Businesses Adopt Regional Survival Strategies, Survey Finds

A global survey finds cost-conscious businesses are adopting regional survival strategies to outlast the economic storm.

A survey conducted by the Economist Intelligence Unit found small and medium-sized businesses (SMBs) around the world expect the global economy to rebound by the end of 2009 (25 percent) or mid-2010 (34 percent) and a report detailing the results of the survey, Understanding Growth Priorities of Small and Medium-Sized Businesses, noted that the top three growth challenges facing SMBs were reaching new customers, attracting and retaining talented employees, and access to cash flow. The survey was sponsored by SMB online business solutions provider Verio, Inc.

The online survey of 328 executives from midmarket companies worldwide was undertaken to understand how they are approaching business strategy during the global recession. Worldwide, 29 percent work at companies based in North America, 29 percent in Asia-Pacific, 19 percent in Western Europe, 10 percent in Eastern Europe, nine percent in the Middle East and Africa, and 5 percent in Latin America. Across all regions, local and national governments were viewed as unsupportive of respondents' businesses. Perceived low support of SMBs was attributed to the fact that the public views large companies as more important, that there was not enough attention drawn to SMBs, and that SMBs have fewer advocates than large companies.

Finding and retaining customers is a primary means of growing a business, and it is the top challenge for firms across all regions, according to the survey. Respondents report that the biggest obstacles to business growth in the downturn include reaching new customers (58 percent), developing a healthy cashflow (47 percent) and ensuring business continuity (33 percent). At 62 percent, respondents in North America identified reaching new customers as an even bigger challenge than participants in Europe or Asia-Pacific (56 percent for both regions).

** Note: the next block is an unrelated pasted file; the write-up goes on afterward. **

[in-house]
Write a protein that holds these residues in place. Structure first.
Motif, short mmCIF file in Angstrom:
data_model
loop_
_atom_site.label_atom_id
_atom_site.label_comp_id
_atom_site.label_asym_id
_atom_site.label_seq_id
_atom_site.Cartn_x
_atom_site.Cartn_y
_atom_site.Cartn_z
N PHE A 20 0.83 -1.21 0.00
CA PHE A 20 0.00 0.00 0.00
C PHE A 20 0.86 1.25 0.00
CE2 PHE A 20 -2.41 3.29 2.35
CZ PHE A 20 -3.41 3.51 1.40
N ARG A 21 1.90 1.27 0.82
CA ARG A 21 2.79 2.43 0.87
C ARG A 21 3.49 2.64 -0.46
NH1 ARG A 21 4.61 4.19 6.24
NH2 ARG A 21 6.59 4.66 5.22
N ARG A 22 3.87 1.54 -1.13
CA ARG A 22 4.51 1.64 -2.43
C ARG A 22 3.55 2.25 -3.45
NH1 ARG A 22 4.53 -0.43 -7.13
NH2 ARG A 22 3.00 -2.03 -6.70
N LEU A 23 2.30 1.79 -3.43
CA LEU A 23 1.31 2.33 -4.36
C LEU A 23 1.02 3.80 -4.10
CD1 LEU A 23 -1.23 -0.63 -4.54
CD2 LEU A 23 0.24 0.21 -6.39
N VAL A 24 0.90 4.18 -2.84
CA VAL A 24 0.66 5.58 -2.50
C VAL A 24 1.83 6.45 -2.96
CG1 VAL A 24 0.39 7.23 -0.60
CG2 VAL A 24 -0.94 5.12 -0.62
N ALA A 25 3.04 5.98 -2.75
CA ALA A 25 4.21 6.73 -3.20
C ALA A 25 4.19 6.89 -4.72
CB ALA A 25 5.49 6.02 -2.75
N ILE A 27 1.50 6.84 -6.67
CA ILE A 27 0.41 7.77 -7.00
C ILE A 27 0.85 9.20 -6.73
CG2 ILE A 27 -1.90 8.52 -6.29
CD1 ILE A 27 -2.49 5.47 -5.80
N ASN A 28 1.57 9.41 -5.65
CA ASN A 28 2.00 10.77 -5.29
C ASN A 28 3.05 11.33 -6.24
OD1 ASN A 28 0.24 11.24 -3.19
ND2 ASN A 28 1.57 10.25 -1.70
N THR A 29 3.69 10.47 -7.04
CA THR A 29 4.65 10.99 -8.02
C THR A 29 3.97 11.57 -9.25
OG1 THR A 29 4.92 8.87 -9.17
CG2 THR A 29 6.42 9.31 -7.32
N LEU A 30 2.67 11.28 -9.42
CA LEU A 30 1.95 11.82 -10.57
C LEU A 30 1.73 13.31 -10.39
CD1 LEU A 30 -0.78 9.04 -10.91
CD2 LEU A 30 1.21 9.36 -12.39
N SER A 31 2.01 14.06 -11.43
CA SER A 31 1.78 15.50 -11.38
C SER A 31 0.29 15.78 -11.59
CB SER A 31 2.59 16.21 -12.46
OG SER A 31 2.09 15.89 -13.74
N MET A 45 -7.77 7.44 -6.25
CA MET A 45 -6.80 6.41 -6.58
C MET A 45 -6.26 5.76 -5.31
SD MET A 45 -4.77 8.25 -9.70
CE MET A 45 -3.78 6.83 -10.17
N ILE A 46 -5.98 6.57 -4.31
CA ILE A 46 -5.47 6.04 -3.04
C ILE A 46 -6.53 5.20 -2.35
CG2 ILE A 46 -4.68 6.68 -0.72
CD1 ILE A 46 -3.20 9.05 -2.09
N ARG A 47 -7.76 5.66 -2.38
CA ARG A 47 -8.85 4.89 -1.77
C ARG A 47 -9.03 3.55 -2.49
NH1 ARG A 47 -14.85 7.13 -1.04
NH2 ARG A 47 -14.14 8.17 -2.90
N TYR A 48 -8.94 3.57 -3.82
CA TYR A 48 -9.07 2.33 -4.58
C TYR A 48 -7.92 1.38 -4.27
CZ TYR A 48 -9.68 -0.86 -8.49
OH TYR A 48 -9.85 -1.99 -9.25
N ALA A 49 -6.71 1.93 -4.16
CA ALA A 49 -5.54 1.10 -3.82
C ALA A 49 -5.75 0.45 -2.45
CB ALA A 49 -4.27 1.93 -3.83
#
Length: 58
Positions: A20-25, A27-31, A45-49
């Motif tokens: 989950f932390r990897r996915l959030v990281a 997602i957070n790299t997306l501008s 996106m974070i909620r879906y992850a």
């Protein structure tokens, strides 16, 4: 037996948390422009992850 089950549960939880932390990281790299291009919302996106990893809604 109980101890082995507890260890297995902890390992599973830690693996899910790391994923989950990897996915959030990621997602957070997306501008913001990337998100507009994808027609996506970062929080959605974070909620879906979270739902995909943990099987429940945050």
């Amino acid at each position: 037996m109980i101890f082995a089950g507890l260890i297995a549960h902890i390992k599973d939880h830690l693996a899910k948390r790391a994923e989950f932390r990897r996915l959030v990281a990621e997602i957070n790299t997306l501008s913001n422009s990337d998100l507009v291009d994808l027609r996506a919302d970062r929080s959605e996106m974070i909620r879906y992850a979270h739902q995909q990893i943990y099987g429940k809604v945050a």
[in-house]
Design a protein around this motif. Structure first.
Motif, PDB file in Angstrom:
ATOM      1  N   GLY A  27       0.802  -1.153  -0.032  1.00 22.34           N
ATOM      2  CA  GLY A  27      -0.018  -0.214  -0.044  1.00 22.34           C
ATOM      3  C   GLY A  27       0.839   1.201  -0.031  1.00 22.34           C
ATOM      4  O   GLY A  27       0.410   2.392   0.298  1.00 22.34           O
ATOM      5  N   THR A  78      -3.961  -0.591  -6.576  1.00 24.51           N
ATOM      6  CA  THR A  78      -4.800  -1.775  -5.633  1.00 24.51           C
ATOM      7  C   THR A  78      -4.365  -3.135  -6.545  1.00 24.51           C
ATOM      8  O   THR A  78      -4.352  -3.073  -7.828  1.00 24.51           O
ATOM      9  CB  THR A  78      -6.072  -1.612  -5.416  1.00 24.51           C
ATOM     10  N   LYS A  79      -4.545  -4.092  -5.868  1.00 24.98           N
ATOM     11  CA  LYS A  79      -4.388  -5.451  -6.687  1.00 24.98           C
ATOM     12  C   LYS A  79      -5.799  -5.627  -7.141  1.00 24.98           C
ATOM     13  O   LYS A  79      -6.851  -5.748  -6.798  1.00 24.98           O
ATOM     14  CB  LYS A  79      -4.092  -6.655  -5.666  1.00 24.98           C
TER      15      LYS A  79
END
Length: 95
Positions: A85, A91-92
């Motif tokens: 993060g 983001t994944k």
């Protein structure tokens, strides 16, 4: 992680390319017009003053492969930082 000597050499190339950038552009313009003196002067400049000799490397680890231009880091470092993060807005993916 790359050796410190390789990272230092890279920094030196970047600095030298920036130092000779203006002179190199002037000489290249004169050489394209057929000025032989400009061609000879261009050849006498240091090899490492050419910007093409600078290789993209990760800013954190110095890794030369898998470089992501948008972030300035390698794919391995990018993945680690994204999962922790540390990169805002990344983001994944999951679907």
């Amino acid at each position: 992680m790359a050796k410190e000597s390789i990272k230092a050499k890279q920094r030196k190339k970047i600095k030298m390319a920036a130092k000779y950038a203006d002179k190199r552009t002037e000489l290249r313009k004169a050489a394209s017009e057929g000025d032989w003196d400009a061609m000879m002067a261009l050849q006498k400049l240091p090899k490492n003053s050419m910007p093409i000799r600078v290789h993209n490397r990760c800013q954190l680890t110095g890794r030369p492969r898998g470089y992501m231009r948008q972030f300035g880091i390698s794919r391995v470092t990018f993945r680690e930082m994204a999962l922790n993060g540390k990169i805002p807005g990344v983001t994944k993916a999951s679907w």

About 56 percent of respondents are actively acquiring customers through new means, such as entering new geographical markets. Fifty-four percent say their firms have increased their focus on their most profitable customers (this was the top response in Europe, at 50 percent), and roughly one-third report that their companies are varying the level of service depending on the quality of the customer.

Fifty-seven percent of respondents "agree" or "strongly agree" that technology will be critical in bringing their business out of the recession and 39 percent expect to see an increase in their company's information technology (IT) budget once the economy improves. Yet only 20 percent plan to invest more heavily in innovative technology as a means to outpace competitors, indicating that the importance of technology lies in its ability to support other, more strategic business initiatives. Indeed, 51 percent of respondents say their technology efforts will focus on improving processes and new ways to improve their business.

"Nearly all SMBs, regardless of region or industry are focused on simply doing business better," said president and founder Laurel Delaney. "It's clear that there are difficult challenges that still lie ahead, but SMBs are resilient and realize that technology plays a key role in helping them be more efficient and improve operations so they can survive in today's economy and thrive in the long term."